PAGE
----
Unfortunately, Dr. Grace determines that the woman was not killed in the manner described by her husband. Because of how passionate and detailed the man’s confession was, Murdoch investigates further and enlists Dr. Ogden’s help. They realise that the man’s confession perfectly matches the murder of woman from Toronto.
This episode uses a Strangers On A Train plot, which becomes apparent about midway through the episode. Murdoch and Ogden soon theorise that the dead man killed the Toronto woman and made a pact with the Toronto woman’s husband to have him kill the first man’s wife in the country. This is their theory, anyhow, but the rest of the episode has them set out to prove it together.
The bulk of this episode is light and romantic, considering its subject matter. Murdoch and Ogden conduct a good portion of the investigation in their formal evening wear, since they interrupt or continue their dates to work on the case. Through these scenes, the audience gets a good look at their relationship. Murdoch and Dr. Ogden are happiest when they work together. They respect each other as partners. It is light and refreshing, only given a dark twist in the penultimate scene.
Finally, however, elsewhere on the relationship front, things are not so rosy for Constable Crabtree and Dr. Grace. Dr. Ogden’s former brother-in-law is still making advances on Dr. Grace, about which she is uncertain. I cannot blame Dr. Grace for feeling as such – after two years of courtship, she and Crabtree are still going on lunch dates and seemingly little else. Furthermore, her hesitation is no doubt because she moves in a higher social circle than Crabtree. Two seasons ago, her former fiancé called her a working class girl whom he elevated up. While he was less than trustworthy, it does make sense that if Dr. Grace worked hard to get where she is socially and professionally, Crabtree is three steps backward and threatens to undo all of her efforts. In 1901, a woman was judged by her husband. Yes, Dr. Grace is a brilliant doctor, but she would be simply Mrs. Crabtree, a constable’s wife. She would be expected to stop practicing medicine, even if Crabtree didn’t mind her working, and likely would no longer be referred to as “Doctor”. Even if she were able to maintain her professional standing, she would be dragging poor Crabtree into social circles which he would be uncomfortable (as witnessed in several episodes already) or showing up alone, which would be scandalous for an engaged or married woman. Furthermore, if she were from a lower class background, people might assume that she was just returning to her ‘natural’ place and that was all that she was good for. Ultimately, is Crabtree worth it for Dr. Grace to risk all her hard work, especially if she were from a poor background? She has to make that decision. I hope the writers do a good job with this plot.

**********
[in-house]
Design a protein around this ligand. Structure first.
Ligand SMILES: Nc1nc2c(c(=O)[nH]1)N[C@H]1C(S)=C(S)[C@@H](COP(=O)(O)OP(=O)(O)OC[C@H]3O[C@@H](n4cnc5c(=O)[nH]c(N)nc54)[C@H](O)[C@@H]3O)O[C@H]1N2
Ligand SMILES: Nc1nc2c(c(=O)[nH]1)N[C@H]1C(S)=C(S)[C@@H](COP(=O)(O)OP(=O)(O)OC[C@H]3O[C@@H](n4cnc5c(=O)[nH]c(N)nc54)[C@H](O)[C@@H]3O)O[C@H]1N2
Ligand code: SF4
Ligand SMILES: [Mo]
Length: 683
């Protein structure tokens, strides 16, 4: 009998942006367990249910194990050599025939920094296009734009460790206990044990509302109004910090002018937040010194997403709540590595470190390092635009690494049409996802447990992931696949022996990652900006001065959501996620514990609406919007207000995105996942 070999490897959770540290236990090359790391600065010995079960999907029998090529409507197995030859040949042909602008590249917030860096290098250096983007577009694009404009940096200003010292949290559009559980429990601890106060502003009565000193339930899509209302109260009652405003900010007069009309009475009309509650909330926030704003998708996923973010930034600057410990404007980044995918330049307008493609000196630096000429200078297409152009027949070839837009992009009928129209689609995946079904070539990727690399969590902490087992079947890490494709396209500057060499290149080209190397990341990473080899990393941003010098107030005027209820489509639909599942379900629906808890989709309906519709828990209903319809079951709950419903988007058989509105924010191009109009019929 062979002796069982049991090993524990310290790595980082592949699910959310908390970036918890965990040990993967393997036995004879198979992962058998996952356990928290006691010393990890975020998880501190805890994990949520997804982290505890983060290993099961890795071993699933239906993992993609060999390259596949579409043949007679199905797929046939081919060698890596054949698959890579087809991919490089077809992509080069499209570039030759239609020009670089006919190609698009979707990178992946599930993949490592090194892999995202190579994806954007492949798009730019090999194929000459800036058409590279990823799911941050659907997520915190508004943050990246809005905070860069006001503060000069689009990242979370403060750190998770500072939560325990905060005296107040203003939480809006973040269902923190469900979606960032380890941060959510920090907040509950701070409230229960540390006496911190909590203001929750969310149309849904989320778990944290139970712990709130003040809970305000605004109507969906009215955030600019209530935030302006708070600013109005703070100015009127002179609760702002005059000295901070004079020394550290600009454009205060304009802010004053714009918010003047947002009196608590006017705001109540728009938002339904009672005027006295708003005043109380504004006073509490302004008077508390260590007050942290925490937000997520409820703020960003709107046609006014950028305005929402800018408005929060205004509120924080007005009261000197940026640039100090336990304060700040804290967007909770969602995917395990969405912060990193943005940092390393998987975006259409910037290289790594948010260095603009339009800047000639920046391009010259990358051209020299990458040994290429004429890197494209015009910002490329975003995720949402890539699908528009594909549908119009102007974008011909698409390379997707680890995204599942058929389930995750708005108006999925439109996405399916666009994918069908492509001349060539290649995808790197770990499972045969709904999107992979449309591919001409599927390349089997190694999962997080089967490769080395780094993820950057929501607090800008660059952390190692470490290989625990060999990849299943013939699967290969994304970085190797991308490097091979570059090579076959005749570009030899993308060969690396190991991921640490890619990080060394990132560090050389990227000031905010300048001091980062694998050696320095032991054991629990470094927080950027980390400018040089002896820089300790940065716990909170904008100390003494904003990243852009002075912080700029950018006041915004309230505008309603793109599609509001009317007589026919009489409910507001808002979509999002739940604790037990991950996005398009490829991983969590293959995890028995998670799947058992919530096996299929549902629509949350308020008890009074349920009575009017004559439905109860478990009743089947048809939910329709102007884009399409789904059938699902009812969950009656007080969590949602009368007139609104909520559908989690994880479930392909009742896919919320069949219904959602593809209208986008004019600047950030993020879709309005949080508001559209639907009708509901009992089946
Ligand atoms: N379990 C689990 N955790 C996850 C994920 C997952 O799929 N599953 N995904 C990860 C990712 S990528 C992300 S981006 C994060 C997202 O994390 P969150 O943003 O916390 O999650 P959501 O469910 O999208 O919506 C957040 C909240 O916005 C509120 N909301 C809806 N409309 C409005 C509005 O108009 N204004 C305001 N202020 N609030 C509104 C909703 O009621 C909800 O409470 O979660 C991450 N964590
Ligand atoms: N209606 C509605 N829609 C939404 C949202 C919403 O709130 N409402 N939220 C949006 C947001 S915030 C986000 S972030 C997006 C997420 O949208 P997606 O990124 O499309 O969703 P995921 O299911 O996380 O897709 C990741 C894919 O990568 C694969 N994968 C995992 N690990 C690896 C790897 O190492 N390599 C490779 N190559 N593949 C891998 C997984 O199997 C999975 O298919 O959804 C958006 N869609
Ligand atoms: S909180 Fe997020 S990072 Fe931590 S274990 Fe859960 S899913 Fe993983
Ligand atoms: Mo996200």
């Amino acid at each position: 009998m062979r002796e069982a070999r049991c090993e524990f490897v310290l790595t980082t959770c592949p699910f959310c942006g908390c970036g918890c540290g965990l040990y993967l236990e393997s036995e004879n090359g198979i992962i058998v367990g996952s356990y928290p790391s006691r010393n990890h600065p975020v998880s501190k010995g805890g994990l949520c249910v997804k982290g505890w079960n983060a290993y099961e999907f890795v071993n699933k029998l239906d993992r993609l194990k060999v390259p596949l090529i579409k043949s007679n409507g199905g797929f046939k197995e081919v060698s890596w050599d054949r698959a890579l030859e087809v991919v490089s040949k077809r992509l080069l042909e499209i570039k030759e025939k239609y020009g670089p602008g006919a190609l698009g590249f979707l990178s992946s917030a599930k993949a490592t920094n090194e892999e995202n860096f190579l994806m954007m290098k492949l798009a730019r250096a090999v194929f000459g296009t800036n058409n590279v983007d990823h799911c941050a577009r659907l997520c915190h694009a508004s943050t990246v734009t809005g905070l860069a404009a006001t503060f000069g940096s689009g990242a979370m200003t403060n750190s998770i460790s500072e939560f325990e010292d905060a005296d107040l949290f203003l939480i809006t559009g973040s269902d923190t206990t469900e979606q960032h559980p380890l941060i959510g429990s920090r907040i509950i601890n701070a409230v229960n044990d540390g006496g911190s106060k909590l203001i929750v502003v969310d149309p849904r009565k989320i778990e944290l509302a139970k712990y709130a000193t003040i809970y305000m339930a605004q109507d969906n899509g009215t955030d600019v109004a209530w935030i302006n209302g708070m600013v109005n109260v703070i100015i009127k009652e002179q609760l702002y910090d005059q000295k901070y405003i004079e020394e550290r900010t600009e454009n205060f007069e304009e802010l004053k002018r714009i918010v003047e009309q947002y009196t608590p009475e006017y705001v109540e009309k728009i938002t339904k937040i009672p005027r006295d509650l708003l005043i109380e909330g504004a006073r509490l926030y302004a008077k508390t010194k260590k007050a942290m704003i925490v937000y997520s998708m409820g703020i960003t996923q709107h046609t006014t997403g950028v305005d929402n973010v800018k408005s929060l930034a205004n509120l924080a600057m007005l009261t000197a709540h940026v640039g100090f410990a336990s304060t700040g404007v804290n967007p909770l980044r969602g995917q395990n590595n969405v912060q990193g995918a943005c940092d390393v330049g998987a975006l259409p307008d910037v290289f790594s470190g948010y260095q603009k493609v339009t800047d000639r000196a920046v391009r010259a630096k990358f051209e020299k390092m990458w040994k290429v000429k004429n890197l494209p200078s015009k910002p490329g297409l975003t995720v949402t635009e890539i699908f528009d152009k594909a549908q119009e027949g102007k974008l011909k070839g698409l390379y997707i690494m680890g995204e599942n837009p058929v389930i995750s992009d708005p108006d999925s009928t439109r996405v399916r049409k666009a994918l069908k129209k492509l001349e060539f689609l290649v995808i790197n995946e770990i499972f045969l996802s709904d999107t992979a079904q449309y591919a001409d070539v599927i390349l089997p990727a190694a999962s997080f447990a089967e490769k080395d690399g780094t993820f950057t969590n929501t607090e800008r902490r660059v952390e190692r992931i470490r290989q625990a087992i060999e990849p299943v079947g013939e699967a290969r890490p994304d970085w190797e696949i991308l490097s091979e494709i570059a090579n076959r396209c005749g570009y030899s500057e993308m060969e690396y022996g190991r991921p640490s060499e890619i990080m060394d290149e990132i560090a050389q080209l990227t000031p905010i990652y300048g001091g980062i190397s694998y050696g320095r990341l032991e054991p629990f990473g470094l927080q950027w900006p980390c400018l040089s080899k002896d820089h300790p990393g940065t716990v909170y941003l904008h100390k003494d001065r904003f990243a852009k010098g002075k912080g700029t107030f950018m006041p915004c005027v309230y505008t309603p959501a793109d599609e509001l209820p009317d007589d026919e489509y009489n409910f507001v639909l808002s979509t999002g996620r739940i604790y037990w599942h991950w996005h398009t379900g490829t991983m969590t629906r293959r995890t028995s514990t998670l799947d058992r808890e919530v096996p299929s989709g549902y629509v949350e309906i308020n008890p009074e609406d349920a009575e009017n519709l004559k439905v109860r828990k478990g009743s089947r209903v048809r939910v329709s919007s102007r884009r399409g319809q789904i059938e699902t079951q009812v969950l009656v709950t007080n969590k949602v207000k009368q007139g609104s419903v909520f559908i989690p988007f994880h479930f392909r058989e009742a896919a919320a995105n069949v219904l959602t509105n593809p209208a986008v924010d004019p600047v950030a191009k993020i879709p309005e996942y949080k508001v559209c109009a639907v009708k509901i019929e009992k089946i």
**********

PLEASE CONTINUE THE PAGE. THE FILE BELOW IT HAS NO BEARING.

Season 5, Episode 13 (Welcome Back Crocker)
Speaking of fathers and daughters, Kevin Crocker is back, looking to once and for all prove his innocence in murdering a prostitute thirteen years earlier. Perhaps then, he can better reconnect with his daughter, Tinny, and get back to a semblance of normal life, or at least get the “murderer” label off his back.
Naturally, in order to prove his innocence, he effectively kidnaps Jake and Malachy, dragging the two on a quest to find out who the real killer is. As it turns out, Inspector Smallwood (who was investigating Crocker via Tinny last week) is actually on their side, and gets blown up for his troubles. Leslie is thus promoted.
As it also turns out, the one sending mysterious letters to Smallwood and Crocker turns out to be…the supposedly dead prostitute, who turns up very much alive at the library. A subsequent shootout with an assassin makes for an awful mess for the library workers to clean up, not to mention some ruined books, but ultimately our main characters and the prostitute make it out safely to solve the conspiracy. However, for safety reasons, remember that open bookshelves, paperbacks, and fake wooden tables make for lousy shields from bullets.
Crocker is redeemed, although he likely has a lot of other charges pending, and the real culprits are caught. Crocker and Jake reconcile, Crocker and Tinny reconnect, and it even seems that Jake and Leslie have a spark of their old flame rekindled as they discuss the day’s events at the hospital. However, their moment is quashed when Des decides to man up and confess to Jake that he is dating Tinny. The episode ends much like the pilot episode begins – with Jake chasing Des through a corridor.